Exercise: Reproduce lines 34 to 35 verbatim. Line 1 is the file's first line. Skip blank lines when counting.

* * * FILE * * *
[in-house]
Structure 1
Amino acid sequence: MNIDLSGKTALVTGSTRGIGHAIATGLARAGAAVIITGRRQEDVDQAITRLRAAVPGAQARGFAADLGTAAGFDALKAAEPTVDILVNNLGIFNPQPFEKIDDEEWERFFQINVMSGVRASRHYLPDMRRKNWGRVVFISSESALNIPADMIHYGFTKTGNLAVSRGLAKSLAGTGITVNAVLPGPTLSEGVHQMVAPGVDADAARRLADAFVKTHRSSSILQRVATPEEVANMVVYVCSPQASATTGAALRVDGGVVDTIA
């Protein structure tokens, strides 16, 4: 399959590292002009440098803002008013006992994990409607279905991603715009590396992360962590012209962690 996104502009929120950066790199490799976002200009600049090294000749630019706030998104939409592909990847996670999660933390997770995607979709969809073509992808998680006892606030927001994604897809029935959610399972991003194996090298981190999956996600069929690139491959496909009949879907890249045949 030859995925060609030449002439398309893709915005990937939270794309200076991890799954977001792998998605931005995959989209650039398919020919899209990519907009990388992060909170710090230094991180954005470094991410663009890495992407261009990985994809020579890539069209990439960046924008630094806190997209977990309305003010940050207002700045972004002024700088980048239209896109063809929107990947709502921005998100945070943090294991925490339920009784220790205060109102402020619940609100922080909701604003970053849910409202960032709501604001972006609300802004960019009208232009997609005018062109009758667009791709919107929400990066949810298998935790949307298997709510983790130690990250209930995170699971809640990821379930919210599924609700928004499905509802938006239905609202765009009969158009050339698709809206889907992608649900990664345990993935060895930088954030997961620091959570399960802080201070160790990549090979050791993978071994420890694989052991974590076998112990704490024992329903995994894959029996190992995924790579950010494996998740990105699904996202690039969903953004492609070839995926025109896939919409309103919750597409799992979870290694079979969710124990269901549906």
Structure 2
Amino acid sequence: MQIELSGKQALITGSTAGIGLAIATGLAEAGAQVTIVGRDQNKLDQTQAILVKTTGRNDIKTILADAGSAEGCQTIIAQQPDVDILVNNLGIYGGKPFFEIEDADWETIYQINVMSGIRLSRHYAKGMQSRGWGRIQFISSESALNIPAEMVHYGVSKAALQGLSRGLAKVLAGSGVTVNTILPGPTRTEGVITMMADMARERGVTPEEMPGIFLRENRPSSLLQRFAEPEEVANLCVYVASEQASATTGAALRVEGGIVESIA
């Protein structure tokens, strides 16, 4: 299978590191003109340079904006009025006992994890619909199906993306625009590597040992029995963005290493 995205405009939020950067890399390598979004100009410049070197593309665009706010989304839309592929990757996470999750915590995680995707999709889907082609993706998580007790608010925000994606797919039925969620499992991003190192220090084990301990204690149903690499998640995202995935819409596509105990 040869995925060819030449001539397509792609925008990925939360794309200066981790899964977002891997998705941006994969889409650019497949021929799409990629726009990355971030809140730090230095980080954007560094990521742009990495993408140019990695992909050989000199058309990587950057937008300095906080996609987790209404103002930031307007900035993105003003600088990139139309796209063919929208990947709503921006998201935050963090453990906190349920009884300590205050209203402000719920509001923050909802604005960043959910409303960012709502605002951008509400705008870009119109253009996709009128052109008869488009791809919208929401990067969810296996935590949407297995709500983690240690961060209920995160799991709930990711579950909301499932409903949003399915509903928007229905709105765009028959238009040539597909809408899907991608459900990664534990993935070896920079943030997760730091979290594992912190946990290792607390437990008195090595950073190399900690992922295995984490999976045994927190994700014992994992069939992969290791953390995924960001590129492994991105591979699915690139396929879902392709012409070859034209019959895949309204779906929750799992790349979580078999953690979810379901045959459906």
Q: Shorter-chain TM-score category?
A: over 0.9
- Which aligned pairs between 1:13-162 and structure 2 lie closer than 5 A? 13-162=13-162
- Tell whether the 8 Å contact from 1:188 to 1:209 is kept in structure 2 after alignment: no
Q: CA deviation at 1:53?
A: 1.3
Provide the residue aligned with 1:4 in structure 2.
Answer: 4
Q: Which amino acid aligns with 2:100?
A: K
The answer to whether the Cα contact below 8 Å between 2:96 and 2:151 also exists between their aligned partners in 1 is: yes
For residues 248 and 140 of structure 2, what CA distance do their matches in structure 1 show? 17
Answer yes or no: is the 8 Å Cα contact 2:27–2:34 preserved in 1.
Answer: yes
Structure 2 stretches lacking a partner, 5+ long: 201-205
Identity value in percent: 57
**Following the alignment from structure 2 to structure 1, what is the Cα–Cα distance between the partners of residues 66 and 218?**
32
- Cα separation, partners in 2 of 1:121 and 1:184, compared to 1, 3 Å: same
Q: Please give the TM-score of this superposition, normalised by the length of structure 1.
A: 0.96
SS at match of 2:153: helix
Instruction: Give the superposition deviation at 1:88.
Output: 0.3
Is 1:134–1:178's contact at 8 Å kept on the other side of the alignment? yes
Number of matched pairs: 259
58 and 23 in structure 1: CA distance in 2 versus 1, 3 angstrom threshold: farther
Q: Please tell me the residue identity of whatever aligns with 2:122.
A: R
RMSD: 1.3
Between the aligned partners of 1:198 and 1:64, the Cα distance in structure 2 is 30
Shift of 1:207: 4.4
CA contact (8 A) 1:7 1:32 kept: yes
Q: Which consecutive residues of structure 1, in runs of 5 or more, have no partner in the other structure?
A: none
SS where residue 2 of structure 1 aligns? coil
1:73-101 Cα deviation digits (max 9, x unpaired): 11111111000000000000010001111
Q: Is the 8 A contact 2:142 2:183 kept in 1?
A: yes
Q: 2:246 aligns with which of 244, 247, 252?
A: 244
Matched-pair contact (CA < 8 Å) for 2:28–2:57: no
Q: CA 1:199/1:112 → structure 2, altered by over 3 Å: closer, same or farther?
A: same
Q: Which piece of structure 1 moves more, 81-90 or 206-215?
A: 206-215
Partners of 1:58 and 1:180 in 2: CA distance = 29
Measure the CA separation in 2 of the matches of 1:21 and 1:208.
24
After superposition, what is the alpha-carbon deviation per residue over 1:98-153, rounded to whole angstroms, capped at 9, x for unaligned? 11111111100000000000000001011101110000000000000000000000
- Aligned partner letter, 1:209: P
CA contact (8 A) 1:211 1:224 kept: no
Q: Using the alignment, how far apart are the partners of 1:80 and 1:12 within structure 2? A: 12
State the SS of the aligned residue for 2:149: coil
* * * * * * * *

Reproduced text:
58 and 23 in structure 1: CA distance in 2 versus 1, 3 angstrom threshold: farther
Q: Please tell me the residue identity of whatever aligns with 2:122.